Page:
Wednesday, September 21, 2016

Fading Season

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The day after the Sound Summit concert, all was quiet on the mountain again. Patches of California fuchsia provided the only wildflower color, exuberant among dried-up grass stems.

I spooked a few deer browsing below the fuchsia and, a little higher up, a smattering of skinny-looking, nearly colorless wild turkeys as I watched the fading harvest moon sink between the crowns of Doug fir trees. Up near Rock Spring, a pileated woodpecker was working the old Doug fir snag where the Cataract and Benstein trails diverge.

Down along the creek there was no running water for quite a ways. Just a few pools with clusters of water striders on top and a darting fish or two below. Bees buzzing down along the stream's edge looking for safe places to land and take a drink. A blue dragonfly hawking through bugs whirling over the water, its wings pattering like the sound of dry paper.

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Sunday, September 11, 2016

Dark Thoughts, Light Heart

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Last night I finished the book, Untamed, that I mentioned in my last post. One of the hallmarks of a great storyand this is also a true storyis that it leaves you choked-up, in love with the cast of characters (good and bad), and with plenty of food for thought.

One of the great conflicts in the book (without giving away too much) involves humanity's insatiable appetite for wild-caught seafood, even when it involves a lot of collateral damage, or so-called bycatch. We are great at thinking up ways to turn wildlife into food and money, and Untamed was a good reminder that a lot of peoplemaybe even mostgenuinely don't care about the cost to wild nature as long as they get what they want from it.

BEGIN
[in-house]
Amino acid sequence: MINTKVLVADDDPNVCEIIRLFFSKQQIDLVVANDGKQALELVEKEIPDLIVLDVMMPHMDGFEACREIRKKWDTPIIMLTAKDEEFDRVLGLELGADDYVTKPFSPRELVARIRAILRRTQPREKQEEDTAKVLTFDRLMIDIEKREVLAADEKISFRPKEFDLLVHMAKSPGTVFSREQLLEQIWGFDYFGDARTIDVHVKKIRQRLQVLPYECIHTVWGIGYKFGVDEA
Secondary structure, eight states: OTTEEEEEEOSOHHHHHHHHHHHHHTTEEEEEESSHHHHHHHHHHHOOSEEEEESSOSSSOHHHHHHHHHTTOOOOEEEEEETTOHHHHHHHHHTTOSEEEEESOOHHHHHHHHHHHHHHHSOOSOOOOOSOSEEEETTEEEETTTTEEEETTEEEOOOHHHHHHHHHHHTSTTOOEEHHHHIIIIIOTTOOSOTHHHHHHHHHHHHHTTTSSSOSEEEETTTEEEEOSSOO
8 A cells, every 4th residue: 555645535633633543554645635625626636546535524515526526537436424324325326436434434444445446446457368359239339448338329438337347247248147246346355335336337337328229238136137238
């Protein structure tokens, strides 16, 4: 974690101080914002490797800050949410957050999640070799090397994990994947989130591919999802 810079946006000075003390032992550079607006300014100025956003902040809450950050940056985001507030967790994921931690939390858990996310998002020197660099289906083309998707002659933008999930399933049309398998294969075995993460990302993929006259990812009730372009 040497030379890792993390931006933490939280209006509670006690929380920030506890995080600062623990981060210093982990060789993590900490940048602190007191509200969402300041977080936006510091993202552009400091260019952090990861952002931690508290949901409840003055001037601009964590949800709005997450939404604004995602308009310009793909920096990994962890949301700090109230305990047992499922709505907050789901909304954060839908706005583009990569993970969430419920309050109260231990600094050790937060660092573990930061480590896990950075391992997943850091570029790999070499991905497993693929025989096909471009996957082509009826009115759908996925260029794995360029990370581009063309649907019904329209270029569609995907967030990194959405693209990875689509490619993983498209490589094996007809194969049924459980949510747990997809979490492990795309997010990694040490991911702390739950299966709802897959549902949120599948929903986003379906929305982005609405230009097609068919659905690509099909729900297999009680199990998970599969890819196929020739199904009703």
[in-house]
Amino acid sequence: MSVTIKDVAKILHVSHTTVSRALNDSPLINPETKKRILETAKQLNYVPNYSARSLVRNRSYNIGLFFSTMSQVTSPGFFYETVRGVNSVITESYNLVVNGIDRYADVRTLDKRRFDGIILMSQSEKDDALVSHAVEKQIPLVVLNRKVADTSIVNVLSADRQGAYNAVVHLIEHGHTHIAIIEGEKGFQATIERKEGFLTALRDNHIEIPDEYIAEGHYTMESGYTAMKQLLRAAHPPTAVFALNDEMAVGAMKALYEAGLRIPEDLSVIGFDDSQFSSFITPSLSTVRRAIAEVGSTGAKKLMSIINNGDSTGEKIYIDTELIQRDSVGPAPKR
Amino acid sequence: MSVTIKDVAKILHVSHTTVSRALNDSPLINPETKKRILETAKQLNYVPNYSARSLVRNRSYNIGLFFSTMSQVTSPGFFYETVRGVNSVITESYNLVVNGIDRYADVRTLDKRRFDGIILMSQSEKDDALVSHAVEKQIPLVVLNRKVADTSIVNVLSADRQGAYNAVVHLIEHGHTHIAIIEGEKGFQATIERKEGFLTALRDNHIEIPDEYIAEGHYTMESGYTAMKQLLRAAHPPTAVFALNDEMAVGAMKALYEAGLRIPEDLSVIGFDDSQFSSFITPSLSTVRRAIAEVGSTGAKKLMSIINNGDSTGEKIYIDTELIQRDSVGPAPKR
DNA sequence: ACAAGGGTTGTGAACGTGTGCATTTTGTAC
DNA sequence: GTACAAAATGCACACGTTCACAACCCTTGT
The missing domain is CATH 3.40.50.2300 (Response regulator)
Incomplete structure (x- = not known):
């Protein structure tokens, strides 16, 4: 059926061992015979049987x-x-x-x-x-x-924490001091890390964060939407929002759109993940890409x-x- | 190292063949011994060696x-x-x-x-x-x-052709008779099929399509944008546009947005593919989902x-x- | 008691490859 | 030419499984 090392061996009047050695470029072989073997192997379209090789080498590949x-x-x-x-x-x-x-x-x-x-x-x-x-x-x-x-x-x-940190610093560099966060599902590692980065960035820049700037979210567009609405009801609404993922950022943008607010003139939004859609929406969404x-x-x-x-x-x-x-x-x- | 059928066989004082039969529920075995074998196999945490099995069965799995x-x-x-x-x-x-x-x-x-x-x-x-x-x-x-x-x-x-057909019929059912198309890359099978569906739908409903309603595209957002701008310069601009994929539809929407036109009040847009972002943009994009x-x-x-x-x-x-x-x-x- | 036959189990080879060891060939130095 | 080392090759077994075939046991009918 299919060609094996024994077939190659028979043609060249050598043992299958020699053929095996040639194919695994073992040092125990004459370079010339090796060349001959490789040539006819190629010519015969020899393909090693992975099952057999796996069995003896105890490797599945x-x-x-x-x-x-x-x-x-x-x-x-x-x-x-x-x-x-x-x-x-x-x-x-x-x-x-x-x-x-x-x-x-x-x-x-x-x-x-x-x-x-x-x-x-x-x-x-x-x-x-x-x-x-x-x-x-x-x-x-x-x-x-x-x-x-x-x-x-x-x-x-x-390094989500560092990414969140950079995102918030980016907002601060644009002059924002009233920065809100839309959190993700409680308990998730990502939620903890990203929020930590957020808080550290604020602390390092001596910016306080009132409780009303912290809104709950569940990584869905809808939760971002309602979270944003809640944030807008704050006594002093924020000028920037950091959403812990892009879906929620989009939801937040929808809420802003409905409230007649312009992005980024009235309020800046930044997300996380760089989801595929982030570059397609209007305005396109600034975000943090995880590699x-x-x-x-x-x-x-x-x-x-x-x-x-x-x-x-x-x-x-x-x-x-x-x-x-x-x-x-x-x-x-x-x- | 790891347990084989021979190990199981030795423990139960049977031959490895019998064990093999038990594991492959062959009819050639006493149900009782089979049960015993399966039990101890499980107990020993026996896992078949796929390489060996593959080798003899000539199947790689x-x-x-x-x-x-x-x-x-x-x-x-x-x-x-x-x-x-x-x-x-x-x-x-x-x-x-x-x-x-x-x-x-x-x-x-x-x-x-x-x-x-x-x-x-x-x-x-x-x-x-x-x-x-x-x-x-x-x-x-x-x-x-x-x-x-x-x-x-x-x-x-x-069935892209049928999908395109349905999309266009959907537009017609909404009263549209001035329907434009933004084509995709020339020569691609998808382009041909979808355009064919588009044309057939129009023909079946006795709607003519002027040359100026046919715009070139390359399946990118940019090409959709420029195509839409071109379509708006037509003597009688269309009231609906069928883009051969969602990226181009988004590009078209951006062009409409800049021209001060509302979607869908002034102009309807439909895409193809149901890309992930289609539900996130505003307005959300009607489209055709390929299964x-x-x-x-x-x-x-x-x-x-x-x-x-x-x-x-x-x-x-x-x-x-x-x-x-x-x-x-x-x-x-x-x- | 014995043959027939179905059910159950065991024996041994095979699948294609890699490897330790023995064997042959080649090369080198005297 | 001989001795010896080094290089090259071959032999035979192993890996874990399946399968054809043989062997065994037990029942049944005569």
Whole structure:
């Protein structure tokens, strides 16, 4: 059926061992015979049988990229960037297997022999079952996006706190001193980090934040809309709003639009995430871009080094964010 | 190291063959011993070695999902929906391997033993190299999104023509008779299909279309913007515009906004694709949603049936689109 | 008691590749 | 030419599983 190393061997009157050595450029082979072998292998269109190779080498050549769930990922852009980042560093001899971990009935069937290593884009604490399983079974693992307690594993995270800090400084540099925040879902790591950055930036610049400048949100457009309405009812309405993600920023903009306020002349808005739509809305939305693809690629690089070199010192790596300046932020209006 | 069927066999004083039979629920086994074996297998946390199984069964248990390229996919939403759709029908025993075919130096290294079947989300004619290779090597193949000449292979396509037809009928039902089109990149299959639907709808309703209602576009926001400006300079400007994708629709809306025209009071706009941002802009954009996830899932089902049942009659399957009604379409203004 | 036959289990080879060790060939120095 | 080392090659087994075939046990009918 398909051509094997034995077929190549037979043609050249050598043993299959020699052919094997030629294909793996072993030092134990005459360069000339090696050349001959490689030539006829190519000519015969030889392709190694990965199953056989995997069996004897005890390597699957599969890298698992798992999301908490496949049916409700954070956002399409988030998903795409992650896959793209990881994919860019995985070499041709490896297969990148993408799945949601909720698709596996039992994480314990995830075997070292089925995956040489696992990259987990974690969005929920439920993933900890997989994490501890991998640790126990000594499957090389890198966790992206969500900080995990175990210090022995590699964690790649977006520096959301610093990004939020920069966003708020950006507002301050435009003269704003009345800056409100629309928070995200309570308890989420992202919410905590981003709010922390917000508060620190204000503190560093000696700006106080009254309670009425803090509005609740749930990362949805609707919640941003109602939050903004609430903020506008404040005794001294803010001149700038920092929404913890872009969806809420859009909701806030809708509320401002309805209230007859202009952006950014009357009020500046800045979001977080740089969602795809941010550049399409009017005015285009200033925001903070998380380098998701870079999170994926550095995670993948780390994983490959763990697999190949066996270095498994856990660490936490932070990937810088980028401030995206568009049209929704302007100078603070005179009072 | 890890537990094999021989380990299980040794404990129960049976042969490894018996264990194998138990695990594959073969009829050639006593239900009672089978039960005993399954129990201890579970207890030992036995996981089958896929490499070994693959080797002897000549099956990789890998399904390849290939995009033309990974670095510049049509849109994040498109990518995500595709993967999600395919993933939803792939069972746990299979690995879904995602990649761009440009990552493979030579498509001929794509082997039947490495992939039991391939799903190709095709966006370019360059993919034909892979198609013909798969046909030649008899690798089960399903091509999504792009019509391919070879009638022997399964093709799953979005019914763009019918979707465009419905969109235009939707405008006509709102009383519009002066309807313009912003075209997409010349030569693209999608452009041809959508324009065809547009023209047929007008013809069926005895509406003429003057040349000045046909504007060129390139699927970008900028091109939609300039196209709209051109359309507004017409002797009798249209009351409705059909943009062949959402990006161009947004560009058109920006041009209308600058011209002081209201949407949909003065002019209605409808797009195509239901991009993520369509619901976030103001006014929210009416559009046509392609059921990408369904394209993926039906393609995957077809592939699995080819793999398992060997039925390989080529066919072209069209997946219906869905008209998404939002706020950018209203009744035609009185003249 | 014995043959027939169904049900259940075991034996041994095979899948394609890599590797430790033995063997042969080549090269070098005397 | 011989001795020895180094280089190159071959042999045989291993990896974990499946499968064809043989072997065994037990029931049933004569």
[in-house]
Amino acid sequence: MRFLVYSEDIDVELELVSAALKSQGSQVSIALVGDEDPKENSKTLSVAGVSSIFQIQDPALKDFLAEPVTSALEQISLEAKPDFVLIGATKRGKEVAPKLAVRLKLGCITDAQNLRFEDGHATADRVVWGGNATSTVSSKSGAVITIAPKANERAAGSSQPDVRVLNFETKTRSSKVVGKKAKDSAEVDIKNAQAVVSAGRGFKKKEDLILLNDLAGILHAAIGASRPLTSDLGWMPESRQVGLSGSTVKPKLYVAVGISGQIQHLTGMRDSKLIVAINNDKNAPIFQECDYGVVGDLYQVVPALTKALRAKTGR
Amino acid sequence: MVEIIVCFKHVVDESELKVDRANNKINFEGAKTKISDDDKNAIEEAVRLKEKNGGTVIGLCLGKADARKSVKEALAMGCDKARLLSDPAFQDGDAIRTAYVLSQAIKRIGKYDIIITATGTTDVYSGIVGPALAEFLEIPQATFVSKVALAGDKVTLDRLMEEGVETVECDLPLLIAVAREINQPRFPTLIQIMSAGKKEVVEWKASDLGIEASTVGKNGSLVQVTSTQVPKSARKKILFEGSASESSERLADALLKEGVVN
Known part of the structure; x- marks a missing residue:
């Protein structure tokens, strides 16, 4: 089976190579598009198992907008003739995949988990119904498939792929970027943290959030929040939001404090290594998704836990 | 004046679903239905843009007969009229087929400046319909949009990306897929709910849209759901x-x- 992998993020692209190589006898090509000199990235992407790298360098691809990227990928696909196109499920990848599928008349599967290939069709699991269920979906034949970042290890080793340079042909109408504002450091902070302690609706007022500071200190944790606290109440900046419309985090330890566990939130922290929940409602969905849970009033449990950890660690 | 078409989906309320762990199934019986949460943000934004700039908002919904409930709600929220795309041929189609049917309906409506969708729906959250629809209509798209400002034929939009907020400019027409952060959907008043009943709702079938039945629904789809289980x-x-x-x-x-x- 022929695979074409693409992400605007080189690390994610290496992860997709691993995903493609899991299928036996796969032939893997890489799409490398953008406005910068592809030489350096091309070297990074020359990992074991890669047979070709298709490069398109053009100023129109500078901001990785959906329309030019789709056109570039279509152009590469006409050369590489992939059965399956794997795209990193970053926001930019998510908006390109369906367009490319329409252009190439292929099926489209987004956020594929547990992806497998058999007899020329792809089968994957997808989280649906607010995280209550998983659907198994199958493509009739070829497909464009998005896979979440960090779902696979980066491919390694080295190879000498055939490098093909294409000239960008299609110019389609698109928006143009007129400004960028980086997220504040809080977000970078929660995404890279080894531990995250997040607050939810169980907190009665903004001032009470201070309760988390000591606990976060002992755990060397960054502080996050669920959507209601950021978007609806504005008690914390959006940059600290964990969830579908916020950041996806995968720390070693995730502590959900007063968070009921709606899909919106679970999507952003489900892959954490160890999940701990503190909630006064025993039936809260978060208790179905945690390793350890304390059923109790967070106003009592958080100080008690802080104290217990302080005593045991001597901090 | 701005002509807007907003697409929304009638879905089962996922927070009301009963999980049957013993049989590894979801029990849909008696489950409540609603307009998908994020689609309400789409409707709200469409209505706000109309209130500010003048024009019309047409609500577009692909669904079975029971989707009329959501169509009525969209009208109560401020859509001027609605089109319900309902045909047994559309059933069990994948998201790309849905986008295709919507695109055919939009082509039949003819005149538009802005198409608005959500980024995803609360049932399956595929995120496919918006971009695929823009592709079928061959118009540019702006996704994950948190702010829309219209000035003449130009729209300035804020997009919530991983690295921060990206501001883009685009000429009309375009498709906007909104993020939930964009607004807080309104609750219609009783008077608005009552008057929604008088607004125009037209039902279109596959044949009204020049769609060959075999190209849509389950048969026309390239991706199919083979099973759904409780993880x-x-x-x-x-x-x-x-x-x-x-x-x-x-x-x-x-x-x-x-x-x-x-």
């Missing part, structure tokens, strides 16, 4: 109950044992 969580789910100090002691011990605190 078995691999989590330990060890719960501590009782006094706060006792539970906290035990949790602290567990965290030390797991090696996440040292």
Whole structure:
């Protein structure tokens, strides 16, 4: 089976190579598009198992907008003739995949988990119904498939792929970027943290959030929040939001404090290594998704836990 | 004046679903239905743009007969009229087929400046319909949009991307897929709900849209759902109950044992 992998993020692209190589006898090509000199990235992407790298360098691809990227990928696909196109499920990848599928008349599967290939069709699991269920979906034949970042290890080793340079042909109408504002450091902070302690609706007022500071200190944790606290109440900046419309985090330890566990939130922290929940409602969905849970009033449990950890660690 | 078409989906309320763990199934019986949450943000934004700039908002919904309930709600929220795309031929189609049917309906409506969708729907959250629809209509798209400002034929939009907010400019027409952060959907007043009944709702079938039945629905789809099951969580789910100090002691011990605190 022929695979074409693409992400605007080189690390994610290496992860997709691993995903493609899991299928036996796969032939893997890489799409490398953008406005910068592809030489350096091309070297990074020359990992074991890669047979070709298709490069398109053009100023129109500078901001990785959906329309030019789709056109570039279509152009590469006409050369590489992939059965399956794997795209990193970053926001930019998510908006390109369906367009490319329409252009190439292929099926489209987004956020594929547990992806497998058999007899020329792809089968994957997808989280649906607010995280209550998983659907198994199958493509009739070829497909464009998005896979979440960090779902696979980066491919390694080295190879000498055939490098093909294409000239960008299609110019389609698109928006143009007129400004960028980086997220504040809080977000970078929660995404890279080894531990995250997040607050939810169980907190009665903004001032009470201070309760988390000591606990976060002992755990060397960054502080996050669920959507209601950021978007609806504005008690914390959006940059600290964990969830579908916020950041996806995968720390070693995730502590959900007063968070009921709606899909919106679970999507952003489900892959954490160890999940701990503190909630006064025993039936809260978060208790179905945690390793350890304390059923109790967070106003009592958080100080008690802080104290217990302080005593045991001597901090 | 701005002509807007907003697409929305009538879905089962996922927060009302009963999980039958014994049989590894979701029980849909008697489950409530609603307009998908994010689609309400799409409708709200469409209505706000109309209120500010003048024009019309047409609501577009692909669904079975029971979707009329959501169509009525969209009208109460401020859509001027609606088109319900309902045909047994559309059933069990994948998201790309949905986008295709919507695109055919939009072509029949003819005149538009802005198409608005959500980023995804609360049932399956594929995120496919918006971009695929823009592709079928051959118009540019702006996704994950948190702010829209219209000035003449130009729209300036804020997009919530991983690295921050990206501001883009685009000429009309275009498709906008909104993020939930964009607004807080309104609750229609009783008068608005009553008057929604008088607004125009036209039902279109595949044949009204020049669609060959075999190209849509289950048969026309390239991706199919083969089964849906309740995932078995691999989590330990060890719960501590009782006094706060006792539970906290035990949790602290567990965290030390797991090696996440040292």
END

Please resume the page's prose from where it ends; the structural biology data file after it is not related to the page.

I can see their point. It's harder to care.

It's hard to admit that wehumanity in generalare doing all that killing. We are a diverse bunch: vegetarians and omnivores, peaceniks and roughnecks, rich and poor, lovers of life and miserable sonsabitchesand everything in between. We treat our beautiful, bountiful planet as if the shelves of the local store had plenty more of them. Earth all filthy and used up? Buy another one!

Not to mention that today is the 15th anniversary of 9/11. I don't think any event in my life has made me feel more patriotic and vengeful. What a world.

I feel lucky to be able to let it all go, to lighten my heart, even if just for a day, by heading out into nature. A day of recreation on Mt. Tam puts some distance on all the problems in the world. I can ruminate on the troubles out there (as if solutions will pop into my head!), only to get side-tracked by a carpet of tanoak leaves, the laughter of acorn woodpeckers, the movement of a squirrel, the scent of bay laurel leaves or sunkissed grass, a patch of rosinweed at season's end.

This is a shot of the same tanoak that appears in the picture before it, Tanoak Cornucopia. It's one of the tanoak's seven trunks. All those fallen leaves and catkins in the previous image are gathered in the hollowed-out middle of the seven sisters. I stopped at first because I've stopped at this tree many times in the past. Back in 2003 I made a photograph of the forest floor under the canopy of this tree, and I always remember that shot when I walk by. 

I was on my way to Potrero Meadow to look for milkweed plants and monarch caterpillars. I don't think I've seen milkweed at Potrero Meadow since 2011, and I haven't seen a monarch caterpillar on a Mt. Tam milkweed since 2003. 

I might not have thought a manzanita branch could still capture my interest after all these years, but what do you know. You never get tired of some things, I guess.